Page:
One day after Legislative Speaker Wang Jin-pyng (王金平) delivered a pledge that could substantially delay the review of the cross-strait service trade agreement by the legislature, President Ma Ying-jeou (馬英九) met with Chinese Nationalist Party (KMT) lawmakers last night to devise a response.
Wang on Sunday promised the Sunflower movement students occupying the legislative chamber he would not convene any inter-party negotiations on the pact before the legislature enacts a law to monitor cross-strait negotiations and agreements, which many believe would effectively freeze the pact, the status of which has been disputed among lawmakers during the legislative process.
Wang’s offer was welcomed by the students, who have demanded that a mechanism to monitor cross-strait talks be established before a review of the pact begins, but the Presidential Office and the Executive Yuan both said that they had been taken surprise by Wang’s statement.
Some KMT lawmakers said they felt “betrayed” by Wang.
KMT lawmakers were ordered to attend the caucus meeting at 6pm yesterday at the party’s headquarters presided over by Ma, who is also KMT chairman, and attended by Premier Jiang Yi-huah (江宜樺) or face party discipline.
Earlier yesterday, some KMT lawmakers voiced their support for Wang.
Those who cannot come up with better ways to resolve the situation than the one Wang offered should “shut up,” KMT Legislator Huang Chao-shun (黃昭順).
KMT Legislator Lai Shyh-bao (賴士葆) suggested that a referendum be called to decide the fate of the pact because it would be naive to think that the agreement would be ratified by the legislature after the Sunflower movement.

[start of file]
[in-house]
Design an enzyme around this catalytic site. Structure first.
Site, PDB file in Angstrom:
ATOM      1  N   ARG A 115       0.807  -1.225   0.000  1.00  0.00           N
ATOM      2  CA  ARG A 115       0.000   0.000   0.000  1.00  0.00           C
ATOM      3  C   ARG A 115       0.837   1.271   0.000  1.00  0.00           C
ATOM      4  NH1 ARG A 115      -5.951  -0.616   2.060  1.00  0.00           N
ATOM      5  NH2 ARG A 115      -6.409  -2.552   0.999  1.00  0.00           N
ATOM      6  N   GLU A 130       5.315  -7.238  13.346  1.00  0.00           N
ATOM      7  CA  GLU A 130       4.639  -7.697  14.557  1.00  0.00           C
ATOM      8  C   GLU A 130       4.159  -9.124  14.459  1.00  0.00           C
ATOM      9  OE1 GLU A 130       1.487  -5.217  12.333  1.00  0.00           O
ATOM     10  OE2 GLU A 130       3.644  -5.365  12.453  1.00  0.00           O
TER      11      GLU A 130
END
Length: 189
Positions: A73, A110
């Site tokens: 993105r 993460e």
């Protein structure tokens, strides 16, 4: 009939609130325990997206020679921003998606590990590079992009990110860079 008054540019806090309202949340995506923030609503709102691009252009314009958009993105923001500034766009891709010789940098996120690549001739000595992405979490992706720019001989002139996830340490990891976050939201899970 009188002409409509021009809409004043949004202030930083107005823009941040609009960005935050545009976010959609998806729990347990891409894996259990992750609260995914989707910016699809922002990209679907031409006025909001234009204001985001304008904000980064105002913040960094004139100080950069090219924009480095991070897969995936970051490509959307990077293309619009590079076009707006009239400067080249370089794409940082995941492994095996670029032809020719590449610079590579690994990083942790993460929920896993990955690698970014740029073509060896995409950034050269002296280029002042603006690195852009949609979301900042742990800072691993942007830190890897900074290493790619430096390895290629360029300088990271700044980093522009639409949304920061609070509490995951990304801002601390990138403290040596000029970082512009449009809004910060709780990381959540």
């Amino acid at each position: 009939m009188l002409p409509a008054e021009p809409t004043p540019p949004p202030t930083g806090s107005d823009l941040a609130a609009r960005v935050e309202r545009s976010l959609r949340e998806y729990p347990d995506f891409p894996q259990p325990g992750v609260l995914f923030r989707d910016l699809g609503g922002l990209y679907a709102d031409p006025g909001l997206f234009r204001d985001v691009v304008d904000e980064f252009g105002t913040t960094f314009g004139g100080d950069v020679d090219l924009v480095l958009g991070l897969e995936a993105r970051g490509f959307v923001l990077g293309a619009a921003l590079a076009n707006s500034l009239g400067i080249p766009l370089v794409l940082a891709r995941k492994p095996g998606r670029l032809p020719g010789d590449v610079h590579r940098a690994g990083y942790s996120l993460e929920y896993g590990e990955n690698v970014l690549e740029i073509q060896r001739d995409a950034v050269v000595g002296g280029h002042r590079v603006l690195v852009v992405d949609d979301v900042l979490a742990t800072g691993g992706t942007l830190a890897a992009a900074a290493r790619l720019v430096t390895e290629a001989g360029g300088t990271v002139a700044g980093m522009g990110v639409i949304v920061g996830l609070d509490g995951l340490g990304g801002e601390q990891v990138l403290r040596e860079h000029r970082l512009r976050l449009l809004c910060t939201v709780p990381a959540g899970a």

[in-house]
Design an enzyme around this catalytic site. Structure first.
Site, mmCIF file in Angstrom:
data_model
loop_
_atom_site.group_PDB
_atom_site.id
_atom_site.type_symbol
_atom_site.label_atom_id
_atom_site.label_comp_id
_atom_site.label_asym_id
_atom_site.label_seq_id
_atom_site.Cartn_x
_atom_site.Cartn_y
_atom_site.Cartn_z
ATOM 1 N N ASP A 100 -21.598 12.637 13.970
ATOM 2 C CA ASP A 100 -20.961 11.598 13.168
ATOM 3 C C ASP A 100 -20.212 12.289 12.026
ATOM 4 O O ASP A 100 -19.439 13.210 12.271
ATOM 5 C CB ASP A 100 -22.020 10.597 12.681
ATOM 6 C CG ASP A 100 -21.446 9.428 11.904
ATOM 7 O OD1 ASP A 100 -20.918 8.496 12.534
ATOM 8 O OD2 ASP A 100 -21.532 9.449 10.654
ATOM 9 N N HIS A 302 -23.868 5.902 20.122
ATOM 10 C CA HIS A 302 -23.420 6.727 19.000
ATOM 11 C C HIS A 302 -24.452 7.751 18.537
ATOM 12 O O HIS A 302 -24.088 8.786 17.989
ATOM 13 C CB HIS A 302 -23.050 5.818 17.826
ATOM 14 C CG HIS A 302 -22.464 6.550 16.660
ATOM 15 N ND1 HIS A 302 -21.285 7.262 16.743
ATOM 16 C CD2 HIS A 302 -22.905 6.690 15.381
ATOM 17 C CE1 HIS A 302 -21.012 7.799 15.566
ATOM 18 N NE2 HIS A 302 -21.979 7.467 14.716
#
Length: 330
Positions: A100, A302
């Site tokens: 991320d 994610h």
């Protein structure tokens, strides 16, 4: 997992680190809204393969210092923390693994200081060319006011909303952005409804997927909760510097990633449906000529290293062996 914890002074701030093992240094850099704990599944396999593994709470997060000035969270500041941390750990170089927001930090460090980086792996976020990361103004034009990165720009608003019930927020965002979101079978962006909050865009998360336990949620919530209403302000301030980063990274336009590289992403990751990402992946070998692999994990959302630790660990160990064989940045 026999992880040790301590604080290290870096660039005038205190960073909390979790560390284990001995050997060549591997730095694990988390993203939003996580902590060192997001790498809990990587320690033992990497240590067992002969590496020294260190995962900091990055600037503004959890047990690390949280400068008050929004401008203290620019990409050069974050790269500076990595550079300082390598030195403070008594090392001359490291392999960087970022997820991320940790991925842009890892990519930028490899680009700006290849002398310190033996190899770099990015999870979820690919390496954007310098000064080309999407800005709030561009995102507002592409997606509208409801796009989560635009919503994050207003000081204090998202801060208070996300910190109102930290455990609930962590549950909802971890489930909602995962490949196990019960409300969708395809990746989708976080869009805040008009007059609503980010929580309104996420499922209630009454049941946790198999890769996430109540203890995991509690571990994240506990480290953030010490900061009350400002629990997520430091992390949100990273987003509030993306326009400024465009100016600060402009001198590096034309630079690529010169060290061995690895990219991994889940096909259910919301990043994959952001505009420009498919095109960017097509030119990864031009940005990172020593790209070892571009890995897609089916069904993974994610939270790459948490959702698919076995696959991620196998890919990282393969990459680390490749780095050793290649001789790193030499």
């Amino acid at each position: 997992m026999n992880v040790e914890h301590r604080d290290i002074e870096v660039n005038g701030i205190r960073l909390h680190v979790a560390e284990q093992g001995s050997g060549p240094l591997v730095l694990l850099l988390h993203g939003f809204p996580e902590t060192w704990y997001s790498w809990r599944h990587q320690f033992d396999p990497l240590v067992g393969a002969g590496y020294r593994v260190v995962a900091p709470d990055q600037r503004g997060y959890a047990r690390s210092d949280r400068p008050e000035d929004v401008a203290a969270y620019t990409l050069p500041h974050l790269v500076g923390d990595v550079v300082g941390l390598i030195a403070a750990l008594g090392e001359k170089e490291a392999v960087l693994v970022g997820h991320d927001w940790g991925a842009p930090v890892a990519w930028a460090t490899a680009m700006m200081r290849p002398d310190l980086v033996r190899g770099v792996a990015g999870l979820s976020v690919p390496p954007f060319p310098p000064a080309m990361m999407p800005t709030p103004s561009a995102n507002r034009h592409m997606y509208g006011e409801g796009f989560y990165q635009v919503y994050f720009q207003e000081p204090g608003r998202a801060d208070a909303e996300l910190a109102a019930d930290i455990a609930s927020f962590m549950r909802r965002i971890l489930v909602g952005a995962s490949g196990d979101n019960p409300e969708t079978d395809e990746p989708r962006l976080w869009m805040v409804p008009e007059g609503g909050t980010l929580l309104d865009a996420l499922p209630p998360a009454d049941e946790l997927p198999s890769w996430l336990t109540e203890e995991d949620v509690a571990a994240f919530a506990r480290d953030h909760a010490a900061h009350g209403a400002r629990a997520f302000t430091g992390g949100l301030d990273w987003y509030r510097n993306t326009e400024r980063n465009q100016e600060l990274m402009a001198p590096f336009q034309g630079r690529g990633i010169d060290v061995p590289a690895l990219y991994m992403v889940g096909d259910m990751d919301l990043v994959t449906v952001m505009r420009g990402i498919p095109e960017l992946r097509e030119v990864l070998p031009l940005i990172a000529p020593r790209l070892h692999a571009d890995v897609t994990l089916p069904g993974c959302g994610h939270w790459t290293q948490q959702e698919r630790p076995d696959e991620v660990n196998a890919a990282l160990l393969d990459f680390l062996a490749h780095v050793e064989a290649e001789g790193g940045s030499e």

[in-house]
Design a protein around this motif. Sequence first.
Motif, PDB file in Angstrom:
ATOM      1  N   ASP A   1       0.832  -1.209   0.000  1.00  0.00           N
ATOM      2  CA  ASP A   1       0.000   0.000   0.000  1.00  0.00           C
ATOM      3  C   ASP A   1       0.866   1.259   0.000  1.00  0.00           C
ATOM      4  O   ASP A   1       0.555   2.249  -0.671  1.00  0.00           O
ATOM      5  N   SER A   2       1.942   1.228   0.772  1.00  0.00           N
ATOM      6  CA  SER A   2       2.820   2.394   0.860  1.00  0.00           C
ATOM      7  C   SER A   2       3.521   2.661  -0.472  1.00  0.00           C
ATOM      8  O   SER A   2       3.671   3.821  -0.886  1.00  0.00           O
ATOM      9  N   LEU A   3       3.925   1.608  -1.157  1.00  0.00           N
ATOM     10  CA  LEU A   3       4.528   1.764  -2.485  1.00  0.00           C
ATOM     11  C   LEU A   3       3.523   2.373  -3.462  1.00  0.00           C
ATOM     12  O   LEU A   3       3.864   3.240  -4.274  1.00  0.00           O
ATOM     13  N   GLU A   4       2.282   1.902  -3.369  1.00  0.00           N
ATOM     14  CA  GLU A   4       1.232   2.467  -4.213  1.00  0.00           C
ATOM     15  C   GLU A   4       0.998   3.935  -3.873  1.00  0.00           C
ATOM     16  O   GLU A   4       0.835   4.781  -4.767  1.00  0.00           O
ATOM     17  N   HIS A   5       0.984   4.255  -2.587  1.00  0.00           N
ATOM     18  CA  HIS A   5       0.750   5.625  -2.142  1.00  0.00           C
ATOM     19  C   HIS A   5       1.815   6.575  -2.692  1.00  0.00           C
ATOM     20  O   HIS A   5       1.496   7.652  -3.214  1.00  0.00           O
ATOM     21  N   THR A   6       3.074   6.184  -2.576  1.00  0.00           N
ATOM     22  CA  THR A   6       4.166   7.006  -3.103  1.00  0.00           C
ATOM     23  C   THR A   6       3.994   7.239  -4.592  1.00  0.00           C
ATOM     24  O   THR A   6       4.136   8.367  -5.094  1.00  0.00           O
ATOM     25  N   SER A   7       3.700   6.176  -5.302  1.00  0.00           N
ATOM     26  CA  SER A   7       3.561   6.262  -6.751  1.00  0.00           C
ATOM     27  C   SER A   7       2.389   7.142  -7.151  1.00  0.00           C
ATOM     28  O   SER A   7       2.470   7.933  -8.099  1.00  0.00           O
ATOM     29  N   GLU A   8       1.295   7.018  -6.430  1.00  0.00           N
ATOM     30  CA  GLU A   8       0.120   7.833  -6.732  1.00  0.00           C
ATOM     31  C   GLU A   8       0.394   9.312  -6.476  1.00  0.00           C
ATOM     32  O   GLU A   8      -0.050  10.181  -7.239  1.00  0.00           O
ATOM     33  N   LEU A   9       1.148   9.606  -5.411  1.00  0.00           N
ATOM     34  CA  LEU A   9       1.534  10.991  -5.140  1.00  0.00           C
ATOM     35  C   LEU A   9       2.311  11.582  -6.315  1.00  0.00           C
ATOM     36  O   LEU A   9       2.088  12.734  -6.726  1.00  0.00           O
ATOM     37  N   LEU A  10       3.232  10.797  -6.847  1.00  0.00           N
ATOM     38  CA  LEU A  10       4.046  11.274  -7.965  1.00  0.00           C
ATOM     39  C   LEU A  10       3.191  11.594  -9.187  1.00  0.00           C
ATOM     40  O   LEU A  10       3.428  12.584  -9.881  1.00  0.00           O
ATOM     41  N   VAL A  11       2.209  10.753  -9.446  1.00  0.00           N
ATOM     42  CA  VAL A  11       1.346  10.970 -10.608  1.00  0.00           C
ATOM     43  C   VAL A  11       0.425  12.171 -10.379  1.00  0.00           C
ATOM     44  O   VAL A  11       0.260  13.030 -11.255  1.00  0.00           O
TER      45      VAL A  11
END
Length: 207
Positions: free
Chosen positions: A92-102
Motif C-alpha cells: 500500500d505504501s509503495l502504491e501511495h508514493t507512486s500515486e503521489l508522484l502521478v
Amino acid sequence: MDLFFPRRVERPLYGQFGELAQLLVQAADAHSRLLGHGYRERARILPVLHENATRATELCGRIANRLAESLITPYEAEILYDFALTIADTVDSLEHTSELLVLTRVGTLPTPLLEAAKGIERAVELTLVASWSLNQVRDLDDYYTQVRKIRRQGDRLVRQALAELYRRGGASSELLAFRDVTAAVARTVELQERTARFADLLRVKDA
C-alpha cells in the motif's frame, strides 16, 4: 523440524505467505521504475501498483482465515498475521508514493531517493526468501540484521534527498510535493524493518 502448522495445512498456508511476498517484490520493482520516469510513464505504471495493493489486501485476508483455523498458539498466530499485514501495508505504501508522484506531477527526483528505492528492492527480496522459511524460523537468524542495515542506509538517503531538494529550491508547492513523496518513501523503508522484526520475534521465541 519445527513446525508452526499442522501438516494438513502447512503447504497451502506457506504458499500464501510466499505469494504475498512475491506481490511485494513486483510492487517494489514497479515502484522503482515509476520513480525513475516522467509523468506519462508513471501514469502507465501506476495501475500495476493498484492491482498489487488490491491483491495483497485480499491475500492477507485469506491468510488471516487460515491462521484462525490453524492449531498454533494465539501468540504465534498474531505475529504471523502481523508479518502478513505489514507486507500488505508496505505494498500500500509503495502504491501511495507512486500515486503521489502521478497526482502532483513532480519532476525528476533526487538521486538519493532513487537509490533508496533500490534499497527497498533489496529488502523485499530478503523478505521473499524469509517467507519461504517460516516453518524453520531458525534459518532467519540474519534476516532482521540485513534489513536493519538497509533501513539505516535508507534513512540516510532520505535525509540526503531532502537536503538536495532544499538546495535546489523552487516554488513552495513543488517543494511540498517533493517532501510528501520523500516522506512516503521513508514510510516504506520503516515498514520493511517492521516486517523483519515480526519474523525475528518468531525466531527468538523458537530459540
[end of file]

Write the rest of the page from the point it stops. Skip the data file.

Late last night, after the students announced that they would leave the legislative chamber at 6pm on Thursday, Ma issued a statement commending the students’ decision.
Returning the legislature to normal operation so lawmakers can review bills concerning people’s livelihoods met the public’s expectations, Ma said.
Ma said that Wang’s pledge did not conflict with the government’s position that the agreement should be reviewed article-by-article in the legislature.
However, Ma and Jiang both reiterated that the legislature should continue its review of the service trade agreement while it deliberates the proposed legislation on establishing a monitoring mechanism for cross-strait negotiations.
If an oversight bill has to be enacted before the cross-strait service trade agreement can be reviewed, “we can only expect to see the economy decline” from now until 2016 because it could take as long as two years to pass the bill, Jiang said.
The delay in ratifying the service trade agreement could negatively affect cross-strait negotiations on trade in goods and hinder the nation’s bid to join the negotiations on the Trans-Pacific Partnership and to join the Regional Comprehensive Economic Partnership, Jiang said.
Ma called on KMT lawmakers to enact an oversight bill before the legislative session ends in the middle of the year.
He also urged opposition lawmakers not to boycott the service trade pact, saying that otherwise, they would not meet the public’s expectations.